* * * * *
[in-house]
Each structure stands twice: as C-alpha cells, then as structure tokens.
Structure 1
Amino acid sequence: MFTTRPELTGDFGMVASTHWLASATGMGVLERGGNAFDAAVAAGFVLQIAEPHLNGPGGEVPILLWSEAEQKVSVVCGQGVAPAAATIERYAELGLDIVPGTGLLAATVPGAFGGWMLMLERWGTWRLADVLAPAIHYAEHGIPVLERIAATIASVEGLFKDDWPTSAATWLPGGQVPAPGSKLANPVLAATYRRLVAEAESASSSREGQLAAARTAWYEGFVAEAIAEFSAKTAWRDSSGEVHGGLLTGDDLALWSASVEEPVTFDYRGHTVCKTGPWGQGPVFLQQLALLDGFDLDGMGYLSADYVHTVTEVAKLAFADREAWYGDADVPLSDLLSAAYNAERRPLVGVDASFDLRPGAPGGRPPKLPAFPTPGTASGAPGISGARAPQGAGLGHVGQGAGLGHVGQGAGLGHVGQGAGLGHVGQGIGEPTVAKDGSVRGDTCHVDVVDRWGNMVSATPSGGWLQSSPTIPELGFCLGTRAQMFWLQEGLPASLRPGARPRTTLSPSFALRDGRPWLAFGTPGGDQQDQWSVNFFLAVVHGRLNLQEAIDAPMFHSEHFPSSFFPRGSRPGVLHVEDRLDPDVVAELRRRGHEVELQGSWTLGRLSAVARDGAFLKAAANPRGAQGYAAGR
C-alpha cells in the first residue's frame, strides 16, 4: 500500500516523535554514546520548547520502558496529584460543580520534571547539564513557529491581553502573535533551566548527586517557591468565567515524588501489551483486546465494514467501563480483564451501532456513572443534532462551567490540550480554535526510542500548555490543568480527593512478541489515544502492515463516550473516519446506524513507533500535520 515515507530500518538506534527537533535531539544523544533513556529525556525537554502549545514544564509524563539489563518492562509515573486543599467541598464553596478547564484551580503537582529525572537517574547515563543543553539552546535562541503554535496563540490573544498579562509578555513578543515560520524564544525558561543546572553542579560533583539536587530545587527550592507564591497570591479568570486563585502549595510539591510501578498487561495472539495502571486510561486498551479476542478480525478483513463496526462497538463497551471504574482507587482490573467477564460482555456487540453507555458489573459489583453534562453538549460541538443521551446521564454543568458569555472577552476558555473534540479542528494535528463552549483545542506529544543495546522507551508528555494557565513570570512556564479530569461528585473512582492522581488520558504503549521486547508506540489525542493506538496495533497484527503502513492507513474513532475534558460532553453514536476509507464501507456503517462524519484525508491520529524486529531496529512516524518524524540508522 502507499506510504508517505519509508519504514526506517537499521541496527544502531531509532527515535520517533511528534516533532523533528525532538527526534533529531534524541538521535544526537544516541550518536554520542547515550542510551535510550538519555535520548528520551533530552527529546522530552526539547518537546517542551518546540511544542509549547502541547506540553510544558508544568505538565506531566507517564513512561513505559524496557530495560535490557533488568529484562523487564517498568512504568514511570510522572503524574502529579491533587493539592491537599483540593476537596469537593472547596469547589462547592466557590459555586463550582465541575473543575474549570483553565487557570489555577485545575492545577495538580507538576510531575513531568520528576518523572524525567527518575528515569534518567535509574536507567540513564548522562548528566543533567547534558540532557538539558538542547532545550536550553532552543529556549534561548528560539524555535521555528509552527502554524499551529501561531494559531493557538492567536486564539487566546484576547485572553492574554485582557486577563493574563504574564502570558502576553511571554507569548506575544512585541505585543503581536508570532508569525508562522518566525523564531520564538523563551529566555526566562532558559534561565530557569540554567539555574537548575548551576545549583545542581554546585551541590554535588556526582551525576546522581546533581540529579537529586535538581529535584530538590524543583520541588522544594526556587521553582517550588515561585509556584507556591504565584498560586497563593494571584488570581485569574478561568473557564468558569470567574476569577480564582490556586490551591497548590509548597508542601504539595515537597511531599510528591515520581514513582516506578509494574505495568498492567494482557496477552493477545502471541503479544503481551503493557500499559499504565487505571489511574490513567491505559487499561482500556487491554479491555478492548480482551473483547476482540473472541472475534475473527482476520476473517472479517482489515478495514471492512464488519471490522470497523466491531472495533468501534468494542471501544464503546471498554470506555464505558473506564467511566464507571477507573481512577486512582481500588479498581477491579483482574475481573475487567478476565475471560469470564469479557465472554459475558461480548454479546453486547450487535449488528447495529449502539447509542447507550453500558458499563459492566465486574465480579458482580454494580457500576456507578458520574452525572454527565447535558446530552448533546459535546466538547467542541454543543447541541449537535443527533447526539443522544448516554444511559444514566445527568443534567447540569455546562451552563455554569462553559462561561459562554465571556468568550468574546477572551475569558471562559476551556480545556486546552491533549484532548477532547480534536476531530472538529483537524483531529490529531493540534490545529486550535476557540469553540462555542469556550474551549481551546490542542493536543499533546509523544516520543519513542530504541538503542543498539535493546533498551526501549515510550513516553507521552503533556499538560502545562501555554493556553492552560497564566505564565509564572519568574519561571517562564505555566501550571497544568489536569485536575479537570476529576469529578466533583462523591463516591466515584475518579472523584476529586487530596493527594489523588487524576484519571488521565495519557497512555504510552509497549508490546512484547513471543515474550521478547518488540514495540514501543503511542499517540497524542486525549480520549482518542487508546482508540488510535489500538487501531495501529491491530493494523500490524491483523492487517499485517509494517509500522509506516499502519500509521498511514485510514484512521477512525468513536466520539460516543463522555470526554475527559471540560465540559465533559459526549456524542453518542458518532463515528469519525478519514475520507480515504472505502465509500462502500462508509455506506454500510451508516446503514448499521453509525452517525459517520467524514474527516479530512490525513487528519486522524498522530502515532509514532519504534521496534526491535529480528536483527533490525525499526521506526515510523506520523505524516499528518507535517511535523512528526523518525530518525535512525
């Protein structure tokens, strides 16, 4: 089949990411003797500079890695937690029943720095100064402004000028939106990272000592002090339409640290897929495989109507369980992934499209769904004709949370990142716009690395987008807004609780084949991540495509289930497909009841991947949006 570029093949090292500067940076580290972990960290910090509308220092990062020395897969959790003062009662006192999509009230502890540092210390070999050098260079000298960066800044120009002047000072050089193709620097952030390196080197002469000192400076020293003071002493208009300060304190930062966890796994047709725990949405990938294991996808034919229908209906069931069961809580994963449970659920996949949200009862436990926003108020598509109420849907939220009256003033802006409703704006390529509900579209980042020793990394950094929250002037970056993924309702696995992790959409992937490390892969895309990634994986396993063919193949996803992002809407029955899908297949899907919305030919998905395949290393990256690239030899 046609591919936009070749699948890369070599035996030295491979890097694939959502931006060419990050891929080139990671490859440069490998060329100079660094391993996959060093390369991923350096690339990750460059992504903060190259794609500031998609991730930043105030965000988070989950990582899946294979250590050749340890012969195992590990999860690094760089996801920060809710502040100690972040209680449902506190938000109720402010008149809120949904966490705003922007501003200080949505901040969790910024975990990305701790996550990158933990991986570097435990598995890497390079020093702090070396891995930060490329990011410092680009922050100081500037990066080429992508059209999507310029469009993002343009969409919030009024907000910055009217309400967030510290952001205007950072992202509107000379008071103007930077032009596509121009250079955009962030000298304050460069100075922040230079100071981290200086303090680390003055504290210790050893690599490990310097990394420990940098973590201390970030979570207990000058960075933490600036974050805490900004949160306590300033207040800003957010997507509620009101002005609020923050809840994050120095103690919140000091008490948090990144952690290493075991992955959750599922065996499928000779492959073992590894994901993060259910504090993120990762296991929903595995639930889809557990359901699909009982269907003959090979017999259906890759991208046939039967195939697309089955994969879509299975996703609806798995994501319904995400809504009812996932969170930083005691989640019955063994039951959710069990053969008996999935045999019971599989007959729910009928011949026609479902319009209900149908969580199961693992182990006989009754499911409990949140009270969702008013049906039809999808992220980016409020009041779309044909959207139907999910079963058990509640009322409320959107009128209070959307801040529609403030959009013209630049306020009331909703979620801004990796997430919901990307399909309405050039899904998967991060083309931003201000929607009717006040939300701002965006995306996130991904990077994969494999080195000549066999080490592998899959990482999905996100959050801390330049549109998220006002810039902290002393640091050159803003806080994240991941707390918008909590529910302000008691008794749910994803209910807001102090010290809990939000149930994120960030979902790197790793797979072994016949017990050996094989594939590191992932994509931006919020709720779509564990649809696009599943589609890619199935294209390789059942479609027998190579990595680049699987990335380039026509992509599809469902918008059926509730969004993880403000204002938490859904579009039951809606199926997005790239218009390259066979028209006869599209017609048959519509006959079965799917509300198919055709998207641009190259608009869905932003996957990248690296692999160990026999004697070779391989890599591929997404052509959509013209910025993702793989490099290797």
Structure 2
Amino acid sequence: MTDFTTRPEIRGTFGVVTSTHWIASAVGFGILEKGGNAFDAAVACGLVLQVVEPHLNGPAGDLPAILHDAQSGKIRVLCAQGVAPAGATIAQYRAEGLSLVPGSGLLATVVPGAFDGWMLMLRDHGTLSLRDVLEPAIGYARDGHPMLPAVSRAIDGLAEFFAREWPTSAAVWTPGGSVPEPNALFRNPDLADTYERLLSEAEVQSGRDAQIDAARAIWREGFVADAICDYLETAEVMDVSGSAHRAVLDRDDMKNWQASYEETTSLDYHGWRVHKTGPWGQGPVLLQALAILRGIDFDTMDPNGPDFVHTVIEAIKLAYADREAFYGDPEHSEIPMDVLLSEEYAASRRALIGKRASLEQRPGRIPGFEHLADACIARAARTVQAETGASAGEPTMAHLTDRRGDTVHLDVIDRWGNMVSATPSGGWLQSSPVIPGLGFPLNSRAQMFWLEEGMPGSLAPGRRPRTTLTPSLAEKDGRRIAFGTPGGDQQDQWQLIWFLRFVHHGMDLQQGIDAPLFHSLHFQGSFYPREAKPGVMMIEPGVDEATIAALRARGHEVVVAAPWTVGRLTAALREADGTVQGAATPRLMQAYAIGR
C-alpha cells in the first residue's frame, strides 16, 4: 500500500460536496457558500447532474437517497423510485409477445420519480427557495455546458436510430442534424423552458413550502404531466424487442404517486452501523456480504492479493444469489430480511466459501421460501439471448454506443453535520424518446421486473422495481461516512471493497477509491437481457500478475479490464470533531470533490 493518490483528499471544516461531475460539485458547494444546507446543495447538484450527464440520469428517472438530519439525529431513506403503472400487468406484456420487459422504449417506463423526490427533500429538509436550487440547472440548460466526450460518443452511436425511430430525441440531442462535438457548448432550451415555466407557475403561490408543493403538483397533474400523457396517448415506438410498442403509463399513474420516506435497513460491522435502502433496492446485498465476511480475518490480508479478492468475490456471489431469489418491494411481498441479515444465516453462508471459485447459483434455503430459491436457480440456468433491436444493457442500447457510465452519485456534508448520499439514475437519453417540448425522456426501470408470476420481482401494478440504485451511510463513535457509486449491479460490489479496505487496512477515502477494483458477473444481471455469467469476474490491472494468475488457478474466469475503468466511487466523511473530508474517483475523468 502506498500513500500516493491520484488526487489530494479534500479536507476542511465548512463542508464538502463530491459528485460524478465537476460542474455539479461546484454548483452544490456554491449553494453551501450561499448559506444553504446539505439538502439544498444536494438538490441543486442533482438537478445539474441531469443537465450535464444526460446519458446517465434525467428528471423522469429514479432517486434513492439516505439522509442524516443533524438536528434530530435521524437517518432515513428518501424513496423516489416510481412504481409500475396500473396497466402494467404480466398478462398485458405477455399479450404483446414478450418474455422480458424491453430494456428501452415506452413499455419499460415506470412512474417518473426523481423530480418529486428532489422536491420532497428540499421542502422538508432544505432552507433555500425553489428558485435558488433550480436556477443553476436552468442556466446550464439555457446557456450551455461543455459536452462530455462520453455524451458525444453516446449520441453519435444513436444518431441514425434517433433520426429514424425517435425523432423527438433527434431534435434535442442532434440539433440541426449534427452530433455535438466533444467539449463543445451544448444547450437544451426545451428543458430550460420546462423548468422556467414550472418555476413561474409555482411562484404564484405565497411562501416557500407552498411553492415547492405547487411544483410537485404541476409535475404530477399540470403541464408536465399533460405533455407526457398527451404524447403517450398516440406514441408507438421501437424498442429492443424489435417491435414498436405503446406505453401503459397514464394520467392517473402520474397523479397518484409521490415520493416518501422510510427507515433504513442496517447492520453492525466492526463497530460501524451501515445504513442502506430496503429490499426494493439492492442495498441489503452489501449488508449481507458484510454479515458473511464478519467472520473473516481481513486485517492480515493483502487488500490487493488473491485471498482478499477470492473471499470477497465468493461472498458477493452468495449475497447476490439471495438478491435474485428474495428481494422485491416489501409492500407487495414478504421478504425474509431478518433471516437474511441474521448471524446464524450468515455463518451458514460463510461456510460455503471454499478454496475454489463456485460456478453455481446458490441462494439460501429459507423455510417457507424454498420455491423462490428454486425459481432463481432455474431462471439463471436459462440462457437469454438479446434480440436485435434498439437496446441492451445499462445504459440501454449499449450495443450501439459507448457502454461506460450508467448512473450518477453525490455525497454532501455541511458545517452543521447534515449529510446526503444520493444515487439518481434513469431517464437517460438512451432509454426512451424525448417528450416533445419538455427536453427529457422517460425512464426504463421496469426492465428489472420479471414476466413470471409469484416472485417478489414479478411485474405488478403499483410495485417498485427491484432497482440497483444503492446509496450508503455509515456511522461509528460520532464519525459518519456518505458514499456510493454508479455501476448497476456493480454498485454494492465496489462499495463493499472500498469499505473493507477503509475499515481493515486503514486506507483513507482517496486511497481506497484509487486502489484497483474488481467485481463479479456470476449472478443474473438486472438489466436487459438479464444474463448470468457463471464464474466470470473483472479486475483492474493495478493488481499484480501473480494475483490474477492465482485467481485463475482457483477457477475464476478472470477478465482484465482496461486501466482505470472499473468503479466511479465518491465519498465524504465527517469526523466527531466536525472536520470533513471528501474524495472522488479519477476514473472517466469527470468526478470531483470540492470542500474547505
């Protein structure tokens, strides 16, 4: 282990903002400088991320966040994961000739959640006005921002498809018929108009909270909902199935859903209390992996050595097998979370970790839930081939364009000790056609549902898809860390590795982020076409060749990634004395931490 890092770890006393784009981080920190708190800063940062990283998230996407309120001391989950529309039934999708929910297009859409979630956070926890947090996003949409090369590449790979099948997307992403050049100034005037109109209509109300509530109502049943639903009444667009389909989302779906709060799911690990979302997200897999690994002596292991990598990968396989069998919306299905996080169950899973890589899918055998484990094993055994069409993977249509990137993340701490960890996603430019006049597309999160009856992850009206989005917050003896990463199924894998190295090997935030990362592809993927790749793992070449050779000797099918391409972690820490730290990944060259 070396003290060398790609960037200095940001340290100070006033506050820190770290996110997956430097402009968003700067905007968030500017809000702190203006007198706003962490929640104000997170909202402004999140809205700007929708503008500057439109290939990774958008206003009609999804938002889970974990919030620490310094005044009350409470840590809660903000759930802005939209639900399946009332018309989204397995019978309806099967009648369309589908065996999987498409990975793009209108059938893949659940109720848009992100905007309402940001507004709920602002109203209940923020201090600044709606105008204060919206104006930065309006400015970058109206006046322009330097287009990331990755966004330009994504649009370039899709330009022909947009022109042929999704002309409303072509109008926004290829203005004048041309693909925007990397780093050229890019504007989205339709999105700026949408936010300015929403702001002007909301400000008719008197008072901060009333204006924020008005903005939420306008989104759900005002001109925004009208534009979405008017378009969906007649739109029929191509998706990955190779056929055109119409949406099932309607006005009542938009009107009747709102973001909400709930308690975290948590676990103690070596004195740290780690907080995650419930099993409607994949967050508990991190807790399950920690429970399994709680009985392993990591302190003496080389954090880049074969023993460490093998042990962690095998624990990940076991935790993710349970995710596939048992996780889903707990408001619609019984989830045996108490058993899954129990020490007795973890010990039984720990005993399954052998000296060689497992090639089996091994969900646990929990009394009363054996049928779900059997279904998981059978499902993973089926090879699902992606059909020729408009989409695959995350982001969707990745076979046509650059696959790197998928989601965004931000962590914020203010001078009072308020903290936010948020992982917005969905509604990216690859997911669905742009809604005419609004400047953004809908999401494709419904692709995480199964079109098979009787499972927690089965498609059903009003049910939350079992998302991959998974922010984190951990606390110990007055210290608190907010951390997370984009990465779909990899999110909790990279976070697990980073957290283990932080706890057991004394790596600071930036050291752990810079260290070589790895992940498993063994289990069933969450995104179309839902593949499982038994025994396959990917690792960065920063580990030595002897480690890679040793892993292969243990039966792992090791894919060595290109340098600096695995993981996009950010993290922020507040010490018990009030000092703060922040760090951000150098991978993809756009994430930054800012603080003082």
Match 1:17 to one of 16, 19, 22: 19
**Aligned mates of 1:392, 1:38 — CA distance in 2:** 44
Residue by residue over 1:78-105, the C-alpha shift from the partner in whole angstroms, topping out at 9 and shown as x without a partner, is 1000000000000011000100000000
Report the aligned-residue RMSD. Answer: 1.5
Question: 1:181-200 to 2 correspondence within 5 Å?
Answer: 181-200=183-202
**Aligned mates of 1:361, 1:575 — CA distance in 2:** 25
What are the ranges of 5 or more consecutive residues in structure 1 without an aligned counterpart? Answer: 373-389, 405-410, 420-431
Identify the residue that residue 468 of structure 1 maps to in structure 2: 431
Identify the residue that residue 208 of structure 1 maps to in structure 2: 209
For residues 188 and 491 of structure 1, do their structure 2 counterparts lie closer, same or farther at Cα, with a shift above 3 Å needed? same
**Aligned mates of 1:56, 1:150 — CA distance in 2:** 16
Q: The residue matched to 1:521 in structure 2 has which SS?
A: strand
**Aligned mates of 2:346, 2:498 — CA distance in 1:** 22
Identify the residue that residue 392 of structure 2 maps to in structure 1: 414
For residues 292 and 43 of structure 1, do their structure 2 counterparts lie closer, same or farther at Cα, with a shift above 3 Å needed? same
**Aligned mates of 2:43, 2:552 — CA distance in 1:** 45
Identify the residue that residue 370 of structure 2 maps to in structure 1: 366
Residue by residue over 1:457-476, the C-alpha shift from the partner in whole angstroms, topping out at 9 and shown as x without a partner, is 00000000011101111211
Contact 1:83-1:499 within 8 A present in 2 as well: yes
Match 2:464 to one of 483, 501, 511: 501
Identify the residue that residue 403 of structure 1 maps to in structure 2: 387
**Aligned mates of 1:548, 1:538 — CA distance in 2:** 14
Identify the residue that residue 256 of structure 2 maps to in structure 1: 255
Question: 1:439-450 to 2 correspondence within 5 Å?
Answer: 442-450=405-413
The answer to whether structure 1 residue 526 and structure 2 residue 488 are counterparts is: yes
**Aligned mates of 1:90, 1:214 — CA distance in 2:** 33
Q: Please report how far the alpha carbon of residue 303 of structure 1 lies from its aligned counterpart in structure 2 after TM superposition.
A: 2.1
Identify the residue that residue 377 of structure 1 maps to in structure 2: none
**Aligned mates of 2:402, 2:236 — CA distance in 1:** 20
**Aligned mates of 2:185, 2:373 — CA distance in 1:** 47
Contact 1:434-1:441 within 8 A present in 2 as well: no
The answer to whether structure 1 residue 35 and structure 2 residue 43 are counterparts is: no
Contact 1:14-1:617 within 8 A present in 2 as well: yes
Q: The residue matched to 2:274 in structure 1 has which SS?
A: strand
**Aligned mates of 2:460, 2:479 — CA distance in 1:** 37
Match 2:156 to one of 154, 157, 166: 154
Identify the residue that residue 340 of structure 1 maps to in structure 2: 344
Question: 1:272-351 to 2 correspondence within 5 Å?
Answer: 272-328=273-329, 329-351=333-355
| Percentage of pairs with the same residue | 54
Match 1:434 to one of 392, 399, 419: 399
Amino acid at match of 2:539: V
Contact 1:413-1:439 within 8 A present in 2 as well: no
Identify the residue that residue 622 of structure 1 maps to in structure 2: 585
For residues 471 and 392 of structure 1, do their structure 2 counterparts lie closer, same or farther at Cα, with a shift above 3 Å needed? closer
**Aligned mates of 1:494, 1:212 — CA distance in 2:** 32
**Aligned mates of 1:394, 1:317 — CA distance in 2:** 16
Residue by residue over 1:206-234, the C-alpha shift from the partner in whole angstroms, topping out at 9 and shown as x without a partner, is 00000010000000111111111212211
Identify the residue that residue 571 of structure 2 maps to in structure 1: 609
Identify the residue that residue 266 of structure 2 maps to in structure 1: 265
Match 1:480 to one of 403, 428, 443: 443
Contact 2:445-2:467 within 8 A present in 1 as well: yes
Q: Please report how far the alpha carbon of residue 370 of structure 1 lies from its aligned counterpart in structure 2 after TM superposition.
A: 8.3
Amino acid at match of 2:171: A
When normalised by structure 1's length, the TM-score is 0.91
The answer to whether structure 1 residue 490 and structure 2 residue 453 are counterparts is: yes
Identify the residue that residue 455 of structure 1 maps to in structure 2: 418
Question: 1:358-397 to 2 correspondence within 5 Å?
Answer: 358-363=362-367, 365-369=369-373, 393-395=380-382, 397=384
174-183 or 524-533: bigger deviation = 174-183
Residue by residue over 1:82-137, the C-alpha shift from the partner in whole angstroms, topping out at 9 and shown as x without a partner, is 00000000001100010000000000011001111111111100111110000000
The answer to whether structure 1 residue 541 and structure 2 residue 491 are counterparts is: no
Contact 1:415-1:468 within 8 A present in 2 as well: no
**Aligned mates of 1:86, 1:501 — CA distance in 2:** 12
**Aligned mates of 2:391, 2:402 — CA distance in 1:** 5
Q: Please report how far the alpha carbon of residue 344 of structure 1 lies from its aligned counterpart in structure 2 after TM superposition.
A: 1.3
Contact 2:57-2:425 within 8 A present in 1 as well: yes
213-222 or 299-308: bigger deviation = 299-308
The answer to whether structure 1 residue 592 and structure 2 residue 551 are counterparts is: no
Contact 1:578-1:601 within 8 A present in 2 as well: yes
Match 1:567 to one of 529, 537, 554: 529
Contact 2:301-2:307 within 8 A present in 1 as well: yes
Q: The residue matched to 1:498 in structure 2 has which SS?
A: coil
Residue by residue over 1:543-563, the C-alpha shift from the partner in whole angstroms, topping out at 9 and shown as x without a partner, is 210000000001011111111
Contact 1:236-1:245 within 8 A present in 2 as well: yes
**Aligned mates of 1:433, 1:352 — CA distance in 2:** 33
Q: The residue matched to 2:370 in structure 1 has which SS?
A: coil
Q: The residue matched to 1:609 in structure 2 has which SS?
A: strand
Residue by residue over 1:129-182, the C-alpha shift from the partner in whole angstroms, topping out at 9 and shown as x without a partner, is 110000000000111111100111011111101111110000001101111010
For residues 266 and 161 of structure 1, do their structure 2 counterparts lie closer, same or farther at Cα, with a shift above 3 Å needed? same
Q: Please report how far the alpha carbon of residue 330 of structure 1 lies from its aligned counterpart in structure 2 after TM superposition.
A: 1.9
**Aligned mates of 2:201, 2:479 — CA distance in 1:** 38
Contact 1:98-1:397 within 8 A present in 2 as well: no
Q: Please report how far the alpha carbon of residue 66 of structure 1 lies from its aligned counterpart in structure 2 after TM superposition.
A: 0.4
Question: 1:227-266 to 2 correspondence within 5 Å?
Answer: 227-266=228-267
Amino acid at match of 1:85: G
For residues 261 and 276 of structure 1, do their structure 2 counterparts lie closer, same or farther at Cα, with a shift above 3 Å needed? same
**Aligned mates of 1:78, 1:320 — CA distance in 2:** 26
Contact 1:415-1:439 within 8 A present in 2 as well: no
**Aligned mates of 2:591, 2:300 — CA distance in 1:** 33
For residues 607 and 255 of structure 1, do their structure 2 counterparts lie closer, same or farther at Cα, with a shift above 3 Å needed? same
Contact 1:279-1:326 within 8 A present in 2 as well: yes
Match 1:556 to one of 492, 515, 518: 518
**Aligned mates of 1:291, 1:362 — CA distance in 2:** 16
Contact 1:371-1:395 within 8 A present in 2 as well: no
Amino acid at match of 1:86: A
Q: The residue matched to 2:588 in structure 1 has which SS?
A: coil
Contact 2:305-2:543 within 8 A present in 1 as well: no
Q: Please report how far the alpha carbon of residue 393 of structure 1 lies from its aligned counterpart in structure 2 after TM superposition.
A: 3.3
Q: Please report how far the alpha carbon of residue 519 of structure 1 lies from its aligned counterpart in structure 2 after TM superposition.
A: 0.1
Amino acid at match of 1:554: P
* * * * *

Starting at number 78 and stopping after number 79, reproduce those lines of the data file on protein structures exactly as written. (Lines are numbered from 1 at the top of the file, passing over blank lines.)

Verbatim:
The answer to whether structure 1 residue 541 and structure 2 residue 491 are counterparts is: no
Contact 1:415-1:468 within 8 A present in 2 as well: no